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A few months ago, I posted Generating Features Images: Getting Started with Gulp where I walkthrough my journey with Gulp.

Gulp is a toolkit for automating painful or time-consuming tasks in your development workflow, so you can stop messing around and build something.

I have been using a Gulp script to manually generate feature images for my blog post. I started with a quickly thrown together prototype Gulp script that did the thing I wanted it to, generate feature images.

The feature image for this post

However, the more I learned about Gulp, the more I wanted to write it the “Gulp way”. To me, the “Gulp Way”, which I inferred from reading documentation, meant writing small functions that do some type of transformation on the data as it travels through the Gulp pipeline. For example, the pipeline in my head looked like:

  1. Collect a list of Markdown files
  2. Parse Front matter and add the parsed attrobites to Gulp Vinly object.
  3. Load the HTML template, fill in title, author, date from the parsed attributes etc.
  4. Convert the HTML to a JPEG or PNG image with Puppeteer

I completely failed to get this to work, as separate functions. The place I ended was my script generating a bunch of HTML. My practical and successful end result was a monolithic script that did all four things listed above.

Before getting started, you can skip straight to the code, it’s stored on my GitHub.

How Does it Work

The function, generateFeatureImage, accepts the Markdown file as an input and does the following:

Parse the Front Matter

Front matter is metadata added to the top of a Markdown file. It is used to describe details, such as title, author, description, and date of publishing. For example, the Front matter for a post in my website’s Markdown based CMS might look like:

title: "Generate Feature Images: Getting Started with Gulp"
author: "Evan Halley"
description: "Lets get started with Gulp. My goal is to write some automation for generating social media feature posts.  Part 1 covers getting started with Gulp."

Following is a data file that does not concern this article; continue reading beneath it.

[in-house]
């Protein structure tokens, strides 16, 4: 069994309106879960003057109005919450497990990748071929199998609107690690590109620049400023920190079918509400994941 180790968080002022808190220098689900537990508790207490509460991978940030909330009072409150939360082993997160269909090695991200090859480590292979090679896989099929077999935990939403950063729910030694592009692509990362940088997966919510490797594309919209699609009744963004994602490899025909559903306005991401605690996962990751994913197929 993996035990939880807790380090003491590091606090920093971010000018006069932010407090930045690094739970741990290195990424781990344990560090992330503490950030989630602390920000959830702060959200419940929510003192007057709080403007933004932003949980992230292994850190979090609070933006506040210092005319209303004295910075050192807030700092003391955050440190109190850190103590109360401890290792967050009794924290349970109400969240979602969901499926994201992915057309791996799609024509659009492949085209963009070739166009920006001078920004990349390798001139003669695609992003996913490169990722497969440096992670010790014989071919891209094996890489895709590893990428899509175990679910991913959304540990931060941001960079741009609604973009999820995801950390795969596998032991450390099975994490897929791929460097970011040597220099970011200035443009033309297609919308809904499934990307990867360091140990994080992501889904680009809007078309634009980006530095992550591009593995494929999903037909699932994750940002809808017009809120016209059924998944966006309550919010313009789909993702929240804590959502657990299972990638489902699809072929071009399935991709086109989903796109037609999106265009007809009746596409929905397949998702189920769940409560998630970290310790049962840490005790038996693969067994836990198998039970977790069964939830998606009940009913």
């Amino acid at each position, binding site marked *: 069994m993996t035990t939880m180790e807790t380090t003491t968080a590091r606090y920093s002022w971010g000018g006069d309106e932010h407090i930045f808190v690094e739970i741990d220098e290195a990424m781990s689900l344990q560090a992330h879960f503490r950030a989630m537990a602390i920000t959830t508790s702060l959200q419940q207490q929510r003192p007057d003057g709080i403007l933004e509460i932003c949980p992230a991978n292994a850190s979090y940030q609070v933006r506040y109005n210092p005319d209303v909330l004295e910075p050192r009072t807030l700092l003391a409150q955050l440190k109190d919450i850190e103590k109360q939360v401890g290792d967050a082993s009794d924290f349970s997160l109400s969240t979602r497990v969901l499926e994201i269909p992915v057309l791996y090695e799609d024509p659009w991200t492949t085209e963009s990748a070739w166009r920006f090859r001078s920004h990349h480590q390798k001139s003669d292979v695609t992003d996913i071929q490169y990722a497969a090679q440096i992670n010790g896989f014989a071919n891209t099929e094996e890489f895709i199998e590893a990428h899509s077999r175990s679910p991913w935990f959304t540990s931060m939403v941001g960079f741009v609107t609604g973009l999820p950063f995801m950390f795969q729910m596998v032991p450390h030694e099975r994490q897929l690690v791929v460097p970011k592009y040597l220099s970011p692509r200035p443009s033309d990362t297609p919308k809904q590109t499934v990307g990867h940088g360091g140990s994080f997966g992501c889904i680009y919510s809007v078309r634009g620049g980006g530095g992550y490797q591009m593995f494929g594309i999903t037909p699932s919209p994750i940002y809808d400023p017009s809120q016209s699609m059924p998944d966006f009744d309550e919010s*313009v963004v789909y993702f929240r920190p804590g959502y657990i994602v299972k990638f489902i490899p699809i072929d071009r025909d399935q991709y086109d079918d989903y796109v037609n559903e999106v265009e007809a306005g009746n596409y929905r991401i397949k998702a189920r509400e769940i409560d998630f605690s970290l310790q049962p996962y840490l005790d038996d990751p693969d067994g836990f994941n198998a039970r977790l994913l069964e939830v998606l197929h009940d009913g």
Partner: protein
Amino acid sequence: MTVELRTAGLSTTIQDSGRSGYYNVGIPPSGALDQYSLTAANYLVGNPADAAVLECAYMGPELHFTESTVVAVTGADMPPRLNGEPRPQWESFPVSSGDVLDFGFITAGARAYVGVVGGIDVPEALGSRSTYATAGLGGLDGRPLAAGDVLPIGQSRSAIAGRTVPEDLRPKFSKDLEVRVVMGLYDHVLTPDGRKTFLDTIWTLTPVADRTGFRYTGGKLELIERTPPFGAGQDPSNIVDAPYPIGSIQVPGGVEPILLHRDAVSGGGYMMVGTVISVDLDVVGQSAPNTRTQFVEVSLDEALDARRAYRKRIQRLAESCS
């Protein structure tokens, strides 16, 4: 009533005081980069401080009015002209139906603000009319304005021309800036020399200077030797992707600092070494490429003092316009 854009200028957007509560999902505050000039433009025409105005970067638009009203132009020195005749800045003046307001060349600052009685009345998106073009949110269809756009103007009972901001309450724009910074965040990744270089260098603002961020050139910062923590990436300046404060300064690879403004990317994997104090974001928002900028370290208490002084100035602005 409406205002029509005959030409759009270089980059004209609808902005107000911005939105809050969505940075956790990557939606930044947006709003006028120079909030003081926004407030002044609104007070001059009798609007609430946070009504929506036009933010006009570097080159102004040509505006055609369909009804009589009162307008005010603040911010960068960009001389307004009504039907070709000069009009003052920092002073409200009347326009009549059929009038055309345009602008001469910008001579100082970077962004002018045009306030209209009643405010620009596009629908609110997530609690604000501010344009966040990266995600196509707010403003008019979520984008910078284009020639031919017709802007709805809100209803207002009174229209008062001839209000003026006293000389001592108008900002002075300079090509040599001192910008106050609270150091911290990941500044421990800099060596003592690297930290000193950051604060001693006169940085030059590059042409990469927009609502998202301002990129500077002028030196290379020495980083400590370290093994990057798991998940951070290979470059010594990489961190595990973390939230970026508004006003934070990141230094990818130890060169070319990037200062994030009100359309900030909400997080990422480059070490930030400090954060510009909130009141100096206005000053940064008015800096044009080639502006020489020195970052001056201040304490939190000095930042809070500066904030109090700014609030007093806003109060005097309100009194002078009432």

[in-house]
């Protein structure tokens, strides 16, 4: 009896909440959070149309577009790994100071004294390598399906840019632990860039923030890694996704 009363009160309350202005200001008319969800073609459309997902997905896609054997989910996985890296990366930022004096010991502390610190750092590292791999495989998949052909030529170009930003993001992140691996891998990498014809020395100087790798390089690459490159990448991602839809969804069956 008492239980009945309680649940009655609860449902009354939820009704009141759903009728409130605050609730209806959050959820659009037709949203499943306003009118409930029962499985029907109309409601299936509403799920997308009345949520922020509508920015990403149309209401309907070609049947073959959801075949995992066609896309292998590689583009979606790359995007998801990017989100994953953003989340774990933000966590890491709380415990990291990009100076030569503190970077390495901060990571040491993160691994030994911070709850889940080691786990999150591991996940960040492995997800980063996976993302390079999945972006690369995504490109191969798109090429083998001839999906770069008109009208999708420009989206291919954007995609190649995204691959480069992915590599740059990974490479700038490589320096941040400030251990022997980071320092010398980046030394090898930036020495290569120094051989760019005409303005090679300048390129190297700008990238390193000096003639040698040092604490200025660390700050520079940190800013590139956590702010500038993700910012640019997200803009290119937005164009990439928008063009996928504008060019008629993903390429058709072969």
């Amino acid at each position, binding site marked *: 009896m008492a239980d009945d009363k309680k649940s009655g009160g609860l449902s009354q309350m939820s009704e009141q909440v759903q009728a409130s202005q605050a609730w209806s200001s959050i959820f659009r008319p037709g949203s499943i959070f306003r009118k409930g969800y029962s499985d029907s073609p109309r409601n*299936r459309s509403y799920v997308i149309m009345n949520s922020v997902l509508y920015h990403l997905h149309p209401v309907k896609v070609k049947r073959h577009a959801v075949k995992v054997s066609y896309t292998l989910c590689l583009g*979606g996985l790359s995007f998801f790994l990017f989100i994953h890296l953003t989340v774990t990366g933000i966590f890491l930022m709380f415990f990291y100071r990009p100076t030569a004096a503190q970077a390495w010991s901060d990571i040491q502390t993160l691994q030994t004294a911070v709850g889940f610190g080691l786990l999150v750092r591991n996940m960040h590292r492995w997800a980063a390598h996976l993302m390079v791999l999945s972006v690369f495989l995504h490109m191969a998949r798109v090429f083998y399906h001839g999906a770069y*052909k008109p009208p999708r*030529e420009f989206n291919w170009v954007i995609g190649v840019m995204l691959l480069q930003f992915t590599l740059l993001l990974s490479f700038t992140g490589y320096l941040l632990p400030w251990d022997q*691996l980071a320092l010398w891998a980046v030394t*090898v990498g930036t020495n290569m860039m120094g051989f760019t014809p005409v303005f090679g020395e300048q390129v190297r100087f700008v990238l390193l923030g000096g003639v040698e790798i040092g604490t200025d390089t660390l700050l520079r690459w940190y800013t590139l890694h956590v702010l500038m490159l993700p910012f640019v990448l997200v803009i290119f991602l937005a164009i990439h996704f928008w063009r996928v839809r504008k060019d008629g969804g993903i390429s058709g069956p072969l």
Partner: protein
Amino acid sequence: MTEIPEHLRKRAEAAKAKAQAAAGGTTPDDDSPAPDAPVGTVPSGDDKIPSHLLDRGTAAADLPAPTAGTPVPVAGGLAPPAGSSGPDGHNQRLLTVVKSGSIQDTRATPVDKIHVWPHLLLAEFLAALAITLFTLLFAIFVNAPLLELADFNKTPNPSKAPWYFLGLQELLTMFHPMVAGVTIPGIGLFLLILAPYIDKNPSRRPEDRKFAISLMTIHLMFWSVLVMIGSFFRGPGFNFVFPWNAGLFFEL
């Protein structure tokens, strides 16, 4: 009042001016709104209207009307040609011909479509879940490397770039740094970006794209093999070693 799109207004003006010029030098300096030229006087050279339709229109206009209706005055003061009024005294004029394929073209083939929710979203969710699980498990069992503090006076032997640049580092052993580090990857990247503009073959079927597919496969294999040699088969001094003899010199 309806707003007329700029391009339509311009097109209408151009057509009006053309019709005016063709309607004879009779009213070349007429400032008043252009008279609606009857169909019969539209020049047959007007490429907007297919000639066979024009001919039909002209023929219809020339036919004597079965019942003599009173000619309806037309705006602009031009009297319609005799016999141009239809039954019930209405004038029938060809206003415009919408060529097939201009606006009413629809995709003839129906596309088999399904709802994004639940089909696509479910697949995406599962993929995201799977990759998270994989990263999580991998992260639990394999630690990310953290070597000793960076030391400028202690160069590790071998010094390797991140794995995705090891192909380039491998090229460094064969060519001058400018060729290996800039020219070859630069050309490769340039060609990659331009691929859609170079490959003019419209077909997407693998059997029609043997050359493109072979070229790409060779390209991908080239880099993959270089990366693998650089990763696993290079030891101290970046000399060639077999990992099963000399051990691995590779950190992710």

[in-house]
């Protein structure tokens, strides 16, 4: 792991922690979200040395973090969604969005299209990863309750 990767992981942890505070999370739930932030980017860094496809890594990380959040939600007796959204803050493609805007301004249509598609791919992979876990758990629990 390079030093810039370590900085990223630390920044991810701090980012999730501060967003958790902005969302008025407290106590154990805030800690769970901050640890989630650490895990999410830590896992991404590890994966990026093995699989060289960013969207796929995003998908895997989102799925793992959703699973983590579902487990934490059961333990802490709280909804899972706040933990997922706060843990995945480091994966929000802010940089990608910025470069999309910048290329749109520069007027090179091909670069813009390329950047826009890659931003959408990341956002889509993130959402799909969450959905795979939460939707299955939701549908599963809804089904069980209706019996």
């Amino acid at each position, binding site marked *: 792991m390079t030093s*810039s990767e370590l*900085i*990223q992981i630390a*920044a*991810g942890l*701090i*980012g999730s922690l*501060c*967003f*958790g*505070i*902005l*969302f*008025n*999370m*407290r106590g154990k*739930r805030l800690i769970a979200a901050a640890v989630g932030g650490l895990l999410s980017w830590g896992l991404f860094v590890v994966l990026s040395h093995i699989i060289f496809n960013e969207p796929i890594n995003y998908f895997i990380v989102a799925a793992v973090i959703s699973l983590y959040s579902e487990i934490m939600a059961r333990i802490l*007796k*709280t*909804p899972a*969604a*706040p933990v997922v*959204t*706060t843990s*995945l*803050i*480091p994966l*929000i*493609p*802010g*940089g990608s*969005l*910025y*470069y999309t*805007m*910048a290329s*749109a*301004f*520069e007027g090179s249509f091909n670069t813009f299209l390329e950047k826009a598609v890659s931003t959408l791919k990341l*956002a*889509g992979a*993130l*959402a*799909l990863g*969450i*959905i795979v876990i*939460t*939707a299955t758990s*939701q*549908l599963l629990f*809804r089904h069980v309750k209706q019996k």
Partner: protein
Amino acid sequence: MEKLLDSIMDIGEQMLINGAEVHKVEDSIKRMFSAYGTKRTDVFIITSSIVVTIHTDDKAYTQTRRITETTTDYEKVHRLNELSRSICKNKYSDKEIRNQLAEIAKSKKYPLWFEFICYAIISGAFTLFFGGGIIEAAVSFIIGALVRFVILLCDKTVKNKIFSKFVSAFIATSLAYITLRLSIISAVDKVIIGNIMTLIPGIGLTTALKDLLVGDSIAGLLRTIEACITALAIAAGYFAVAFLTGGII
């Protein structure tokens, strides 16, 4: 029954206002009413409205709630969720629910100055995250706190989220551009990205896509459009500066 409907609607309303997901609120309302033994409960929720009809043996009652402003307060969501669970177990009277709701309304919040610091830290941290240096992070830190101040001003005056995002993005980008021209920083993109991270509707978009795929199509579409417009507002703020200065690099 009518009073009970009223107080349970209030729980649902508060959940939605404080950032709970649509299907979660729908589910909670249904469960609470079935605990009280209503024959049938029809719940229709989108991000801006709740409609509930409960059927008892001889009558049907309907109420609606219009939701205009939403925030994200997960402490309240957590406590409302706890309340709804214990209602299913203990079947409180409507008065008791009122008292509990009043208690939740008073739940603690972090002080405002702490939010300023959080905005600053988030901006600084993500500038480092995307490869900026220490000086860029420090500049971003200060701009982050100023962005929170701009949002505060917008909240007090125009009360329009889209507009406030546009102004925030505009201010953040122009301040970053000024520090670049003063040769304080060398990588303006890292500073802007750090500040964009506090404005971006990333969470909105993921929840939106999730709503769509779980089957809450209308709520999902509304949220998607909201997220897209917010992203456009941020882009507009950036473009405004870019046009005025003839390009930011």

tags: ['gulp', 'javascript', 'node', 'generate-feature-images']
date: '2020-03-24'
social_cover: 'images/feature/generate_feature_images_getting_started_with_gulp.png'

I imported the NPM package front-matter to parse this Front matter.

let markdownFileContents = file.contents.toString();
const attributes = fm(markdownFileContents).attributes;

Populating the HTML Template

Each feature image is based on an HTML template that gets rendered with Puppeteer.

<!DOCTYPE html>
<html>
    <head>
        <link rel="stylesheet" href="style.css" />
        <link href="https://fonts.googleapis.com/css?family=Nunito+Sans:400,500,700&display=swap" rel="stylesheet">
    </head>
    <body>
        <div id="outer">
            <div id="container">
                <div id="body">
                    [[TITLE]]
                </div>
                <div id="footer">
                    <div id="author">
                        <img id="author-img" src="author.jpg">
                        <div id="author-name">
                            [[AUTHOR]] • [[DATE]]
                        </div>
                    </div>
                </div>
            </div>
        </div>
    </body>
</html>

I load the HTML template from disk then replace each [[VARIABLE]] with it’s attribute.

const template = fs.readFileSync(`${TEMPLATE_DIRECTORY}/${HTML_TEMPLATE}`).toString();
const html = template.replace('[[TITLE]]', attributes.title)
    .replace('[[AUTHOR]]', attributes.author)
    .replace('[[DATE]]', date.format('MMM Do'));

Also in my HTML template are references to style.css and author.jpg. These files, the CSS styling and a picture of myself, are external to the template. They get processed and rendered when the HTML template is loaded in Chrome.

Rendering the Template

Finally, I use Puppeteer to render the HTML and save a screenshot.

const browser = await puppeteer.launch({ headless: true });

fs.writeFileSync(htmlFile, html);
let htmlFilePath = `file://${path.resolve(htmlFile)}`;
const page = await browser.newPage();
await page.setViewport({ /* viewport options */ });
await page.goto(htmlFilePath);
await page.screenshot({ path: `${OUTPUT_DIRECTORY}/${outputFilename}` });

Bringing it All Together

The final implementation step is to bring it together with Gulp.

gulp.task("generate-feature-image", function () {
    createDirectoryIfNotExists(OUTPUT_DIRECTORY);
    createDirectoryIfNotExists(TMP_DIRECTORY);

    return gulp.src(["../../content/post/*.md", "!node_modules/**/*"])
        .pipe(tap(async (file) => await generateFeatureImage(file)));;
});

The following code in particular loads all of the Markdown files at the specified location, opens them, then passes each (in parallel) to generateFeatureImage.

return gulp.src(["../../content/post/*.md", "!node_modules/**/*"])
    .pipe(tap(async (file) => await generateFeatureImage(file)));;

In the End

I’m at the end of my journey for this particular Gulp task. I realized that I don’t need to or want to use Gulp for this at all. It’s easier for me to write a basic Nodejs script that accomplishes the same thing in a more elegant way and that I can more easily integrate into my websites continuous integration system. More on this later.

Thanks again to Nic Raboy’s article on this very same topic. The source for this project is open sourced on Github.

Thanks for reading. ✌🏿